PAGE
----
As another police department in Orange County acquires new license plate tracking cameras an software systems, the massive privacy and monitoring capabilities of the surveillance state continue to grow without any serious consideration about the rights of citizens to be anonymous and left alone in a free society.
License plate scanning systems have been exploding in the past few years. These police cruiser mounted cameras that scan license tags allow police to track and identify thousands of vehicles per hour, looking for stolen vehicles, or drivers with outstanding warrants, suspended driver’s licenses or any other issue flagged by law enforcement for which they may want to stop your car.
Most of the time, this is a plus for public safety and criminal justice, but there is a serious concern about all the data collected on innocent citizens who are not suspected of any wrongdoing. All that data is scooped up in this data net as well.
In a press release from the manufacture, Federal Signal published on sacbee.com, the company emphasizes the data sharing arrangements with other law enforcement agencies.
Consider the privacy and civil liberties issues in this paragraph:
Garden Grove’s system relies on Federal Signal’s Back Office System Software (BOSS™) to organize and archive the substantial amount of data that is being continually produced by the ALPR unit. The system spotlights an extremely user-friendly and intuitive interface, which allows patrolling officers to query the data against multiple search parameters, such as time, date, full or partial plate, location, user, etc. The system even permits users to track vehicle movement by mapping locations associated to a specific license plate.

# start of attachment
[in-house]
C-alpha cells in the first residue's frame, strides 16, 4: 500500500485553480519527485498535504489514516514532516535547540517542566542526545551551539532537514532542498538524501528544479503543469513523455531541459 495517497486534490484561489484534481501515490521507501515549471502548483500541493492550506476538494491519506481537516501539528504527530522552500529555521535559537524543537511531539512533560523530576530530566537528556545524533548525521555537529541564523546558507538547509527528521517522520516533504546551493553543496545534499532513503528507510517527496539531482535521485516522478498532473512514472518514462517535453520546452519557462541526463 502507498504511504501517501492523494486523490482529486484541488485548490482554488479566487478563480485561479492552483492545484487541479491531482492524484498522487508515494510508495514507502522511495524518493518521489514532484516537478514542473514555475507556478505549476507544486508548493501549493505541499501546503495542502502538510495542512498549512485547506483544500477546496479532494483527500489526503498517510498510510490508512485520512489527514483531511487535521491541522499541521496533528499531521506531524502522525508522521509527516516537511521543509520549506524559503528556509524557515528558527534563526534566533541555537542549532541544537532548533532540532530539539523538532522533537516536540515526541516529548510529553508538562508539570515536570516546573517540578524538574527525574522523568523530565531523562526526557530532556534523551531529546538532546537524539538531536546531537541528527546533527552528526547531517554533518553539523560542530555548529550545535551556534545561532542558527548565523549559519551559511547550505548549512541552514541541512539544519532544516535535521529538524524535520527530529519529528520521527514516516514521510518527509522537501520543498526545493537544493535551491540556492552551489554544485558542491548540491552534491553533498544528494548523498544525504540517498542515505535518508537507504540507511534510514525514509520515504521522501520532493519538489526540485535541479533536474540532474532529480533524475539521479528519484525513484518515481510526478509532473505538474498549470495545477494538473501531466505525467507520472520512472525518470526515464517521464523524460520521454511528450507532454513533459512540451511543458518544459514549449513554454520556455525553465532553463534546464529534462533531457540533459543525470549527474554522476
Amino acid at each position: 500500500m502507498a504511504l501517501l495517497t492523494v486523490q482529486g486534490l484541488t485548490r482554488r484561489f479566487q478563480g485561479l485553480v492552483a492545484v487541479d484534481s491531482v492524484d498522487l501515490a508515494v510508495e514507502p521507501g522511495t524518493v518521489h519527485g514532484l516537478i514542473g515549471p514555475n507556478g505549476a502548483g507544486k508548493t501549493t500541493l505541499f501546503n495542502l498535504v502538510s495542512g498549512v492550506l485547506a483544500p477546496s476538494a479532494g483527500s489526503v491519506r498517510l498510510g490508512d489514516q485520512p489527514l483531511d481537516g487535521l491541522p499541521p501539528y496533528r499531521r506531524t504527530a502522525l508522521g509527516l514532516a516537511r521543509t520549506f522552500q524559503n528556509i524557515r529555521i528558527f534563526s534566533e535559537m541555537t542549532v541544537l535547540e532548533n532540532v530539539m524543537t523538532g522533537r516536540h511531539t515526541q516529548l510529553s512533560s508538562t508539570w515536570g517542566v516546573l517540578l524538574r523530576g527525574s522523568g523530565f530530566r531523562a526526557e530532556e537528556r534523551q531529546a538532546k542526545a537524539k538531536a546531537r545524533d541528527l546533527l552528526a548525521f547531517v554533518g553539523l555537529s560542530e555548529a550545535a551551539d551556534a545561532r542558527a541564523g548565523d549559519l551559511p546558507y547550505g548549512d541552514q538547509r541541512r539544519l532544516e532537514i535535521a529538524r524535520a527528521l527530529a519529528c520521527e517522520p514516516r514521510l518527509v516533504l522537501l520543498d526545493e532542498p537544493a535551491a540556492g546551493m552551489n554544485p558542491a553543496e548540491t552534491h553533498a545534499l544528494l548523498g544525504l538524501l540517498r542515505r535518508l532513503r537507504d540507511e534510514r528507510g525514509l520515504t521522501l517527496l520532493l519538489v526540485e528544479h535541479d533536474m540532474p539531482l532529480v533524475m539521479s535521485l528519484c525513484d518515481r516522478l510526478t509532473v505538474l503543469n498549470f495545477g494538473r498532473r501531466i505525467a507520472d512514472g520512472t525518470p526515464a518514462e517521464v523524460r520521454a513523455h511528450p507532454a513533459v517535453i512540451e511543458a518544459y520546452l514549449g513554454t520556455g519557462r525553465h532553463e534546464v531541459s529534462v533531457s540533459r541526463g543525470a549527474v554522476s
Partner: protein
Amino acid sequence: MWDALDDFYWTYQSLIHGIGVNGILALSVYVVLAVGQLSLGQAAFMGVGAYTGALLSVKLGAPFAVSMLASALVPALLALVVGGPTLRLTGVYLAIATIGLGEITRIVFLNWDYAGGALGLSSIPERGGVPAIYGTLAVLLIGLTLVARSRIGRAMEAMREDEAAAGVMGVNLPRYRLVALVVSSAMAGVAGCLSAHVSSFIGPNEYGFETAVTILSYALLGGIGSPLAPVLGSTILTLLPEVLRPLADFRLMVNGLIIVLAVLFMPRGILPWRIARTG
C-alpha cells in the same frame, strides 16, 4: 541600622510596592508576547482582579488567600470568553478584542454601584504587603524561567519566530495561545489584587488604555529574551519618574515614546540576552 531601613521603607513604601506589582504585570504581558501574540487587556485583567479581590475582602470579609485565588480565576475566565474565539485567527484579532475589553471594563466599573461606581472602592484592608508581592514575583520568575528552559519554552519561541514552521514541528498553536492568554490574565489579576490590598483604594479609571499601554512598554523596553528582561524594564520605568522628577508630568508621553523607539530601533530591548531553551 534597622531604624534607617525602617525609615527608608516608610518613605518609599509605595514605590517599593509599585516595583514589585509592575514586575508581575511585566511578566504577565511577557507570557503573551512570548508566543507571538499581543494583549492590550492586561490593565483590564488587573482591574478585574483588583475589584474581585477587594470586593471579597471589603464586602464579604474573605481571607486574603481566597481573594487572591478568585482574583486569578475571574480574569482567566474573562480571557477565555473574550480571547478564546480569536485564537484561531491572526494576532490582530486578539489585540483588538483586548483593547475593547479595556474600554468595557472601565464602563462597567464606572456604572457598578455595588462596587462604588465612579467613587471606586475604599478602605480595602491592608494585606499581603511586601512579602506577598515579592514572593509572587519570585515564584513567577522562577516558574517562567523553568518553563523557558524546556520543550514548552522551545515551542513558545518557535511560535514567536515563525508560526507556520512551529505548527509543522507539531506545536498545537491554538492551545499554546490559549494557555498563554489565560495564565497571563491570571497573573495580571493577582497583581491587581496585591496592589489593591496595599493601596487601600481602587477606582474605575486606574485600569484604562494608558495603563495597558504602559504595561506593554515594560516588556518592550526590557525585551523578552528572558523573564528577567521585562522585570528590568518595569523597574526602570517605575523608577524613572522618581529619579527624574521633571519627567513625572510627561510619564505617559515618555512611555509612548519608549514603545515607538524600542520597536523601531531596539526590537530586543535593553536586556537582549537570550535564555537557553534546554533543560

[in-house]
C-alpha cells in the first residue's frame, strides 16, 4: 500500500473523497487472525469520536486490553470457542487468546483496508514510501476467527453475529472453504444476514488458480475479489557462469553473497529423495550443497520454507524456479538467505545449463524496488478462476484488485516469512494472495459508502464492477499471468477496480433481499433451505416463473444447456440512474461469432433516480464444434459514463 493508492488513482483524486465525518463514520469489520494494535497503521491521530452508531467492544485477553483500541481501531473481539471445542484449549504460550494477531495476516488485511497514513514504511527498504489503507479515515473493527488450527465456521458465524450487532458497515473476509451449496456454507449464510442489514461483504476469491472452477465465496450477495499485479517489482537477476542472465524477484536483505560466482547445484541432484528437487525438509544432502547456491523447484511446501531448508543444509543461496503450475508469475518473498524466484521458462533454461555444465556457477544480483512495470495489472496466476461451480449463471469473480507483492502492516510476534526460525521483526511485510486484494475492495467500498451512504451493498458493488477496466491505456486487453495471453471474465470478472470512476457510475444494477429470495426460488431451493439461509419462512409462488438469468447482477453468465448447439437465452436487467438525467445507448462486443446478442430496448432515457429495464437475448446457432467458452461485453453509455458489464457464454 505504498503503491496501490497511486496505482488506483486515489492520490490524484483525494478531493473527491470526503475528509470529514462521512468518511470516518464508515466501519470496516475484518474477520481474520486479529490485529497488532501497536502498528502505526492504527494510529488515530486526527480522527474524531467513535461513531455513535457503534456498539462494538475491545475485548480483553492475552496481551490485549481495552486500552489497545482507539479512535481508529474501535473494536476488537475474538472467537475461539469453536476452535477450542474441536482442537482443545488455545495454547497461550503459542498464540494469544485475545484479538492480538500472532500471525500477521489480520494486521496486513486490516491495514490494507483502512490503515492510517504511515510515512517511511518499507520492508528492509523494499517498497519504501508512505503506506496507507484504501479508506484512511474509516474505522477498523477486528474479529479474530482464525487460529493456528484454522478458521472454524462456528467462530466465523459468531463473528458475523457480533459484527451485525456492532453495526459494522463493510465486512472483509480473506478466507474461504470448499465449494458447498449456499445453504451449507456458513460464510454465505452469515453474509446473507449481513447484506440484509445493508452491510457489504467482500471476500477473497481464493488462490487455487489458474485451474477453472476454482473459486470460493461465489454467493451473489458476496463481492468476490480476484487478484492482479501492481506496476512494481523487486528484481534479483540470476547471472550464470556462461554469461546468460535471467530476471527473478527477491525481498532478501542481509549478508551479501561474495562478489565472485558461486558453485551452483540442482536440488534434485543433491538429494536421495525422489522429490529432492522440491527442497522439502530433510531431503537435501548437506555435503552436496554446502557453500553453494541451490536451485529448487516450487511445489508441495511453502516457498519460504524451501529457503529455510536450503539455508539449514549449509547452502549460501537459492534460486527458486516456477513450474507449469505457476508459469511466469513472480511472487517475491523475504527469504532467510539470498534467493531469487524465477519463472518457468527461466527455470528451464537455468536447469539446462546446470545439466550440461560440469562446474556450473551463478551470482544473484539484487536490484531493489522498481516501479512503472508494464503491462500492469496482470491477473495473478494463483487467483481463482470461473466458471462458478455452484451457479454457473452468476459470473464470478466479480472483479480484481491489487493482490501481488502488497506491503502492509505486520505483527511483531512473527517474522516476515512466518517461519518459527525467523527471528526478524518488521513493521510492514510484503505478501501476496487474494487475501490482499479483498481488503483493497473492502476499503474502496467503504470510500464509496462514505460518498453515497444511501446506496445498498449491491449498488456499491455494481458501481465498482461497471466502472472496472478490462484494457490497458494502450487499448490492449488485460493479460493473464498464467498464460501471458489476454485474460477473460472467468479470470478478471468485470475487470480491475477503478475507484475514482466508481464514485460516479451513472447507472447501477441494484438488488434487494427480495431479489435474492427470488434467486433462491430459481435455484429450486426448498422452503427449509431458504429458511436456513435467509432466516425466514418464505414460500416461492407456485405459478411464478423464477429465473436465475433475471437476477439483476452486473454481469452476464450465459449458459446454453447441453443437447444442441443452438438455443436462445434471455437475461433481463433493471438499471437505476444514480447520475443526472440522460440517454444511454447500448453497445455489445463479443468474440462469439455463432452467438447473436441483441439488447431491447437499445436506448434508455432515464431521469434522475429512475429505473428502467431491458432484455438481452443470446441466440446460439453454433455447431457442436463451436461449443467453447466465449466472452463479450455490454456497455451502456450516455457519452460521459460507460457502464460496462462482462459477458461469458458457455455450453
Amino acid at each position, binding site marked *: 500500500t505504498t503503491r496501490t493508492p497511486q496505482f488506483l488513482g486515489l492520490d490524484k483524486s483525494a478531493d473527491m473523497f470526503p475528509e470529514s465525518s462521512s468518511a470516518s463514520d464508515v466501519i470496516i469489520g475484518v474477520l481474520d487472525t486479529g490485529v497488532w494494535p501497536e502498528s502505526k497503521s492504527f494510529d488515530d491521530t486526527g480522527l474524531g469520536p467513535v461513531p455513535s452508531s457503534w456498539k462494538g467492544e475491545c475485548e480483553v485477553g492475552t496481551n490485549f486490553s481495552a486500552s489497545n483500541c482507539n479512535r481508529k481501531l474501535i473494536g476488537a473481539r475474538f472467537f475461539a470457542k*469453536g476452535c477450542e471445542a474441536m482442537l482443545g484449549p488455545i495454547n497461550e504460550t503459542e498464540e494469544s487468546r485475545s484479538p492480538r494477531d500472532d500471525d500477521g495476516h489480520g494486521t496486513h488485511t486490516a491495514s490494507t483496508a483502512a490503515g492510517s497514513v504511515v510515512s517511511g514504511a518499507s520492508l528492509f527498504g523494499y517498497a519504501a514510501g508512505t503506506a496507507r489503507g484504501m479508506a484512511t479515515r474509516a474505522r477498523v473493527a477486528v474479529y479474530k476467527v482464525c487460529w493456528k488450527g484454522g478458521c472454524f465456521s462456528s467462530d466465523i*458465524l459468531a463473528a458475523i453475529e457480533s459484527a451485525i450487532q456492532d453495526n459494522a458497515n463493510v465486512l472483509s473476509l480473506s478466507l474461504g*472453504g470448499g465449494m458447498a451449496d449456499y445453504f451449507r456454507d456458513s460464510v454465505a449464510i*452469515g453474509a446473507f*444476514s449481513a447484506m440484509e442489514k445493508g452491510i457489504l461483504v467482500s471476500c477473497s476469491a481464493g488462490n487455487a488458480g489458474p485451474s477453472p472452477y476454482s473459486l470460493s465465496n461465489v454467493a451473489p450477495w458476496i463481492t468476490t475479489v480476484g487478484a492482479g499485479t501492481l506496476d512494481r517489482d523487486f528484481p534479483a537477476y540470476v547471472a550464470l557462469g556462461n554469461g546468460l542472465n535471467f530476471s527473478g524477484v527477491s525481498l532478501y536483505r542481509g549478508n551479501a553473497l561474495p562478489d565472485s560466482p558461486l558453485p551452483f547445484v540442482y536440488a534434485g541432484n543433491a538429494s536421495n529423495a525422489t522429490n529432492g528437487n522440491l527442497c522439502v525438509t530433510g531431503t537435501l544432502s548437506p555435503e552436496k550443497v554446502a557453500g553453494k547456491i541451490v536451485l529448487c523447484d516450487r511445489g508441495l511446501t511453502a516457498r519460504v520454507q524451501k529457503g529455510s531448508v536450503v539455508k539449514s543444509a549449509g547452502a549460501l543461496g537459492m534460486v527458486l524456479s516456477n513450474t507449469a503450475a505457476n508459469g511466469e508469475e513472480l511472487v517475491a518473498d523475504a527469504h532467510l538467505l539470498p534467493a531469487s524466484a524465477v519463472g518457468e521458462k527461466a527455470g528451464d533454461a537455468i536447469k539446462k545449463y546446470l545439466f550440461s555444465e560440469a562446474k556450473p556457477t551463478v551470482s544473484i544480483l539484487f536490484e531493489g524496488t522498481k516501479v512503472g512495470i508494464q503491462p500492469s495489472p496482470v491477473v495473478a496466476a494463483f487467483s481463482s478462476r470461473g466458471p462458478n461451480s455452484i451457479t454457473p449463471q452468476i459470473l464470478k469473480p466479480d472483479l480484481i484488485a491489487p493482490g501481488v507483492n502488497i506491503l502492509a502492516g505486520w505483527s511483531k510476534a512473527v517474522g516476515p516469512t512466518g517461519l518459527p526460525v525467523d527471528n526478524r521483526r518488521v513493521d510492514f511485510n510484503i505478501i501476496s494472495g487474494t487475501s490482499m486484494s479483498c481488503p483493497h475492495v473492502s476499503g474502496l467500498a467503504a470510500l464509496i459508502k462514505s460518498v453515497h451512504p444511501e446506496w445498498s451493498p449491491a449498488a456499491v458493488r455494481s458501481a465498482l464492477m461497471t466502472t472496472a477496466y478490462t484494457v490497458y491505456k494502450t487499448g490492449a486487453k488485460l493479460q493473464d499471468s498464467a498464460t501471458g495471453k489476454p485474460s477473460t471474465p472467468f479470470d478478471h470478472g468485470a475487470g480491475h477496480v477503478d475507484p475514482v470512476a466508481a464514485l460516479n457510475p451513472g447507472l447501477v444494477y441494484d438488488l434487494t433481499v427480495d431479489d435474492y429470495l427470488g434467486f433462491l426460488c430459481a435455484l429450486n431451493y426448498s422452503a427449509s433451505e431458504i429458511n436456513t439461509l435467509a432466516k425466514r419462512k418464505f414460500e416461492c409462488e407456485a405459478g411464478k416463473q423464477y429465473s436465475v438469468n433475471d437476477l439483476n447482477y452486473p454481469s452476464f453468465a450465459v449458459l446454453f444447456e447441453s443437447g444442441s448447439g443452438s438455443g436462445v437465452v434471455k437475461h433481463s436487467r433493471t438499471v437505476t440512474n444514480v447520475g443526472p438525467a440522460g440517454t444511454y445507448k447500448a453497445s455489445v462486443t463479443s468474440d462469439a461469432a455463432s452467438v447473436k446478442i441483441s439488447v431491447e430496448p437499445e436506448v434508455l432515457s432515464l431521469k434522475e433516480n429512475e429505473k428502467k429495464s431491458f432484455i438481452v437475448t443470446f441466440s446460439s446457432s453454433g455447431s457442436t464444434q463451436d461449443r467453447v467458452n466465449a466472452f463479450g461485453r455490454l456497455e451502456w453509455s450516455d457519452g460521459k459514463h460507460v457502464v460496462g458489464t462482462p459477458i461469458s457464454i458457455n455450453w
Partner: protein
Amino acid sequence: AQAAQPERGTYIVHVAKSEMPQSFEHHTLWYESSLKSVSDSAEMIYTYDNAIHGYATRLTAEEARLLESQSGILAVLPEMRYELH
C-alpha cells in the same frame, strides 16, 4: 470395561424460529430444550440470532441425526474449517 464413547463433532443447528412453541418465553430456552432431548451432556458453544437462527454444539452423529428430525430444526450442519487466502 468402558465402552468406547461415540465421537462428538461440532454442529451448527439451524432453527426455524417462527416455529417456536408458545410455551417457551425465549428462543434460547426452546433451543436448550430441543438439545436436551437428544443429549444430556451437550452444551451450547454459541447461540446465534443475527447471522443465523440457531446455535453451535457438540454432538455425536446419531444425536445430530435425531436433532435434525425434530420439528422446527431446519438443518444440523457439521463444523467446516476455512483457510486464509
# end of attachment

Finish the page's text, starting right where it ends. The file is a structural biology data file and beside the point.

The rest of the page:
What they are saying is that they are able to trace the location and movement of any vehicle in their system that has been tagged and tracked by one of these systems. Anyone with access to this data can find out where you’ve been for any reason.
There is no mention of who has access to this data, for what reason they may be searching, or if a warrant is required to passive and retroactively track your travel habits.
All of this is developing fast with very little consideration for the implications of creating a massive surveillance state in the US. Any privacy considerations are being bulldozed by the capabilities of this technology.